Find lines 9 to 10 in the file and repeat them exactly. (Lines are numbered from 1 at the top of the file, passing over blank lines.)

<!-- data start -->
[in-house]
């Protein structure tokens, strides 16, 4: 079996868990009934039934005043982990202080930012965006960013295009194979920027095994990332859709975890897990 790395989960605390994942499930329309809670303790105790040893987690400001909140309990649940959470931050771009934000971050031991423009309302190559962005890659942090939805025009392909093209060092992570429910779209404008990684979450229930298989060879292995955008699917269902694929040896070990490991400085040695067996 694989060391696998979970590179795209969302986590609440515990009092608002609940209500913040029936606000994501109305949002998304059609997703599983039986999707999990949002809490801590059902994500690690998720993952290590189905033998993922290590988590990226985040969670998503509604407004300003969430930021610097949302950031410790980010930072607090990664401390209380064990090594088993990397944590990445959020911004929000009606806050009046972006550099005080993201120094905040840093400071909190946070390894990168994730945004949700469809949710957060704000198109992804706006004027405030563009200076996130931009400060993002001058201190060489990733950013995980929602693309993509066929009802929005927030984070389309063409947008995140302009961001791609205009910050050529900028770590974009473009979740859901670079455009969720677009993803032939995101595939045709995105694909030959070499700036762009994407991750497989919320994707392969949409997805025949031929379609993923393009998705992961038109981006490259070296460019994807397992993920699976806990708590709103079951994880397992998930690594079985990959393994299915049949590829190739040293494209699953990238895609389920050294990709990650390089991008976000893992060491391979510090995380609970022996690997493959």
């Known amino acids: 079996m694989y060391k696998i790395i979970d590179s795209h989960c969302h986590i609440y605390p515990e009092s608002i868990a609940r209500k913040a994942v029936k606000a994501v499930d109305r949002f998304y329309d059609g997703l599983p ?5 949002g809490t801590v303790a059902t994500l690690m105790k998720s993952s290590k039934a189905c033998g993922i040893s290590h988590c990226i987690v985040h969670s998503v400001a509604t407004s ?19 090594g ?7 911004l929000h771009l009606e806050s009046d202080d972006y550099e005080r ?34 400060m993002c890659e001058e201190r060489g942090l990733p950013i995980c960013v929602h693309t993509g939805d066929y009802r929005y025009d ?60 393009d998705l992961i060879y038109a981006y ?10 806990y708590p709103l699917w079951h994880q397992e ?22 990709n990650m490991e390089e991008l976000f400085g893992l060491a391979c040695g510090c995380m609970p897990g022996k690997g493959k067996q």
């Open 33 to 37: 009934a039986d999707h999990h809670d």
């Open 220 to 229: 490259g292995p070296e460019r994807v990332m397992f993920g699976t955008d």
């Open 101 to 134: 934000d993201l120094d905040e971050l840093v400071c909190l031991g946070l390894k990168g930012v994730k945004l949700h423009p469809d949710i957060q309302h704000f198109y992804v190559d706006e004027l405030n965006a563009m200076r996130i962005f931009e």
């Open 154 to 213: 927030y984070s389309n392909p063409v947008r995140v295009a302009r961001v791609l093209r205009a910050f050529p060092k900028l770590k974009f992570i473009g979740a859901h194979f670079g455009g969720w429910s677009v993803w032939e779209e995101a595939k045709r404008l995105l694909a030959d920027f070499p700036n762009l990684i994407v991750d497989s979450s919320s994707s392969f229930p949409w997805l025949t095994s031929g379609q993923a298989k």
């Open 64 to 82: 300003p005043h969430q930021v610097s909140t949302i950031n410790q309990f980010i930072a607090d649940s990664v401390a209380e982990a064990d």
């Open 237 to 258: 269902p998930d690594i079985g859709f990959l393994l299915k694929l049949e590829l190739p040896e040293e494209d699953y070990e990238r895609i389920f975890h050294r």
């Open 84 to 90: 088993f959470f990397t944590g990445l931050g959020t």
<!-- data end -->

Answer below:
């Open 237 to 258: 269902p998930d690594i079985g859709f990959l393994l299915k694929l049949e590829l190739p040896e040293e494209d699953y070990e990238r895609i389920f975890h050294r």
């Open 84 to 90: 088993f959470f990397t944590g990445l931050g959020t």